there exists the potential to build a significant 
land rights movement in Britain remains to be 
seen. It is one thing to point out that just 1 
per cent of the population owns 75 per cent of 
the land; it is quite another matter to get the 
other 99 per cent to do anything about it.

If thou nit-pick, quibble, grasp at straws and 
fiddle and thou dost not act - thou dost nothing.

STEVE PLATT for GUARDIAN SOCIETY (issue of 24.3.99)

The woman in the white gloves and blue corduroy, who I'd met at the tenth tee
as she walked her dog around the edge of the golf course, was concerned that I
should not divulge her identity. "They wouldn't like it," she cautioned me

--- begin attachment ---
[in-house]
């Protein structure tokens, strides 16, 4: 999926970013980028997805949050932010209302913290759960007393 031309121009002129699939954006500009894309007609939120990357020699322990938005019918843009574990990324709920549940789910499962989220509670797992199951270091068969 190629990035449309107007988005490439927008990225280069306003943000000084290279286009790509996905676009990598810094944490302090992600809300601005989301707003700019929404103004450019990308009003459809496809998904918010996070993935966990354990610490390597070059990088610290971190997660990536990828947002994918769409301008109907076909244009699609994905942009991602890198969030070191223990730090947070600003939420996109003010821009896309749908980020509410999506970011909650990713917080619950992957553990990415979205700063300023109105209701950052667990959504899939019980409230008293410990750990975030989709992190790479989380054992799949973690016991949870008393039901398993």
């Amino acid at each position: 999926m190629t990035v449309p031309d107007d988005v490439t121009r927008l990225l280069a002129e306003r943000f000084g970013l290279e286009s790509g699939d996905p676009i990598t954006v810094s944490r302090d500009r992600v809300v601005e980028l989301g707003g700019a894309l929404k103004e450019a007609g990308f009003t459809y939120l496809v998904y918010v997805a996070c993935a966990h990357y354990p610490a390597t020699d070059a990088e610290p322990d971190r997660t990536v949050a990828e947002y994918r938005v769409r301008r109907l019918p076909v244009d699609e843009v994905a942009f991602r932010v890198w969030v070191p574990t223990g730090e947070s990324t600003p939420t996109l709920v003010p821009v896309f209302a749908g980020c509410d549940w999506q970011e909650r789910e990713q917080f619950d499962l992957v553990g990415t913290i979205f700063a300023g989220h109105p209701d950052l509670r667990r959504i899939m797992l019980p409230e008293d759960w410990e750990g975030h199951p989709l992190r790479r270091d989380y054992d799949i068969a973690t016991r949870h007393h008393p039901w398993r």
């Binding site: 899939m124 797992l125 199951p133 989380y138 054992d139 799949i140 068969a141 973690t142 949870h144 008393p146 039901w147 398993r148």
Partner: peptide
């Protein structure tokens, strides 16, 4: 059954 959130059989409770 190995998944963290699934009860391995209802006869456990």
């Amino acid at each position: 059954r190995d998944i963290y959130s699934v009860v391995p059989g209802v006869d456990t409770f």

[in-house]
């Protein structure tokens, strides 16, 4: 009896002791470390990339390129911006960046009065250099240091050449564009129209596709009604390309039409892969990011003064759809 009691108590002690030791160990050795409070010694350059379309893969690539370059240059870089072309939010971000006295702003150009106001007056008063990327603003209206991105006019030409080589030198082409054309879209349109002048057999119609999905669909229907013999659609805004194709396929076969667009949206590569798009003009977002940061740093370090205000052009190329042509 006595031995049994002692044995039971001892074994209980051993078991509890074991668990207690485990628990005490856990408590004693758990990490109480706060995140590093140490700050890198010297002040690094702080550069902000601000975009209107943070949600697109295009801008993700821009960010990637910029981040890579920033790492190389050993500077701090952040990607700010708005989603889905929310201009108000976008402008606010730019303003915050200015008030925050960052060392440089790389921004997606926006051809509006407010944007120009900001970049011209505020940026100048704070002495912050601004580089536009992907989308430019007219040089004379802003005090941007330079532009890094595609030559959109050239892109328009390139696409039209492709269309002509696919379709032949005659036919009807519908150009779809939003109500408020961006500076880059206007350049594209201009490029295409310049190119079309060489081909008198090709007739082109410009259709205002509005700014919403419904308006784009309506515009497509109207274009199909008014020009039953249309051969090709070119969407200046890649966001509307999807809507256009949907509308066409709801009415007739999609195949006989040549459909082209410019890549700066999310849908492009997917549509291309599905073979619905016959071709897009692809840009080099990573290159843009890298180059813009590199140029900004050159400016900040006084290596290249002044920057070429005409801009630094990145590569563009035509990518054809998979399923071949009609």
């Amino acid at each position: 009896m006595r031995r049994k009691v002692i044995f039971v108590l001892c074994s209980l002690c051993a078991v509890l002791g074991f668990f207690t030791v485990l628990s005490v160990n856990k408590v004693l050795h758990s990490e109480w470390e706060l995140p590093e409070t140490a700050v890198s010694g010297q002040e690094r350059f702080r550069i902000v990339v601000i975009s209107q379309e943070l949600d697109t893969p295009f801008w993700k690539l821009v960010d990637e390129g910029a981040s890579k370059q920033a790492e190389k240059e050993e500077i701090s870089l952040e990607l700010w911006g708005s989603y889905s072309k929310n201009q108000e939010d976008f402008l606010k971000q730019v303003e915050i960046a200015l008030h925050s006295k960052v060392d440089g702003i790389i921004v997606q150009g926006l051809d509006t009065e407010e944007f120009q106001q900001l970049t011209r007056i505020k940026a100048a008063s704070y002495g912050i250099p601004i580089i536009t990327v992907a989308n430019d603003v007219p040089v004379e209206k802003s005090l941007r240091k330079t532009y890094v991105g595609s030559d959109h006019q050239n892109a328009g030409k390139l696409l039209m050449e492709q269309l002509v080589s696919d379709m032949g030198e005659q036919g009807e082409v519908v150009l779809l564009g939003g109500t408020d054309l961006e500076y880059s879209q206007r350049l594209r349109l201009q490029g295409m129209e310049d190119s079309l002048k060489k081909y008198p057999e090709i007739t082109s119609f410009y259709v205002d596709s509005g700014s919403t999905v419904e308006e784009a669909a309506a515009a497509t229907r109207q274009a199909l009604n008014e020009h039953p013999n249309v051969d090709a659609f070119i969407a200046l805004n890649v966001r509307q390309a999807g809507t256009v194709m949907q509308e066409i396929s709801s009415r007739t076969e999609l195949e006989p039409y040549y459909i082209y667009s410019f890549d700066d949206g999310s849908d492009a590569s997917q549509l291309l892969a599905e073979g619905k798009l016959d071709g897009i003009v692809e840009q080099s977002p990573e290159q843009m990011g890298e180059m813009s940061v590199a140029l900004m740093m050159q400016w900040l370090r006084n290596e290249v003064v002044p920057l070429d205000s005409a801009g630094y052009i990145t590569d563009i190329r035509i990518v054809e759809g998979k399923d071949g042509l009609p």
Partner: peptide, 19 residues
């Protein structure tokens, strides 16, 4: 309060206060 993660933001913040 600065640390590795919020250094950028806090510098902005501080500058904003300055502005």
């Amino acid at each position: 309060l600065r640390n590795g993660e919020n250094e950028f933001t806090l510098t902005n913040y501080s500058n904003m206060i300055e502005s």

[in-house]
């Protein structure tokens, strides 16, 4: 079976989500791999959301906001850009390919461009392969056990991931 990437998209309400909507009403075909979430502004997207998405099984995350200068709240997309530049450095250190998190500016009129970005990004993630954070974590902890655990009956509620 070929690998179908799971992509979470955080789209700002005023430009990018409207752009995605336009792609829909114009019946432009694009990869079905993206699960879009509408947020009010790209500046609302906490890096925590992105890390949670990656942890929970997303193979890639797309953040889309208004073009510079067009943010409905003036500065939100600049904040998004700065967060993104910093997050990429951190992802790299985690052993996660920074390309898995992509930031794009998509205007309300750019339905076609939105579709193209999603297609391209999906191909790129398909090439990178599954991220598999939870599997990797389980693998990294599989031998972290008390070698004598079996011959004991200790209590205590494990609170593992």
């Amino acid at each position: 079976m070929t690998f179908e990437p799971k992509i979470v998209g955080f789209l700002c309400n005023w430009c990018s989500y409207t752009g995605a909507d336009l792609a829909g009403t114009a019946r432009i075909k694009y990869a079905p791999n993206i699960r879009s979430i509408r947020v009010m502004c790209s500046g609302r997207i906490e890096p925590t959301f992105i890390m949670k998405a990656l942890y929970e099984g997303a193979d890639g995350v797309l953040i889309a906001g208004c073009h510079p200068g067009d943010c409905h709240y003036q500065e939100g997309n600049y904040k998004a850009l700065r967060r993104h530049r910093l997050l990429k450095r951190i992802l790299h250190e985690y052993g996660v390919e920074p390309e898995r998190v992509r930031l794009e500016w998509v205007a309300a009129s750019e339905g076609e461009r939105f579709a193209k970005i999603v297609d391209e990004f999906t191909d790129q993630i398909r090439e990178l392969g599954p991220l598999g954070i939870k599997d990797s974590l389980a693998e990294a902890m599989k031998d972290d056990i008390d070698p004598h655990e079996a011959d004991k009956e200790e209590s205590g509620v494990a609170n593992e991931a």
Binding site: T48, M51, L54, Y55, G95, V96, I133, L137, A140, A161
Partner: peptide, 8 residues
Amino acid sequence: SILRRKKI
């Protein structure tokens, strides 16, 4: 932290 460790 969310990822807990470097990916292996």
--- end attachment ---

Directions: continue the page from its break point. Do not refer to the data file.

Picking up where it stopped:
distractedly, glancing around nervously as if someone might be spying on her
as we spoke.

"They" were the other residents of what likes to describe itself as one of the
most exclusive private estates in Britain. "It" was the fact that one of their
number was talking to me, an outsider, about the existence of a public
footpath in the very heart of their private domain.

Not even the local council likes to talk about the 20 metre-wide strip of land
in its ownership that runs in a short semi-circular sliver around the north-
eastern ramparts of the ancient hillfort at the summit of St George's Hill,
near Weybridge, Surrey. It's not marked on any maps, nor signposted on the
ground. Parts of it appear to have been appropriated in the gardens of the
adjoining properties. Yet if you look closely for the gap in the hedge where
Caesar's Cottage butts onto Camp End Road (the developers of the hill got
their history wrong; despite the names, this was an iron age fort, not
Caesar's camp), you can trace the beginning of the path as it wends its way
around the foot of the ramparts.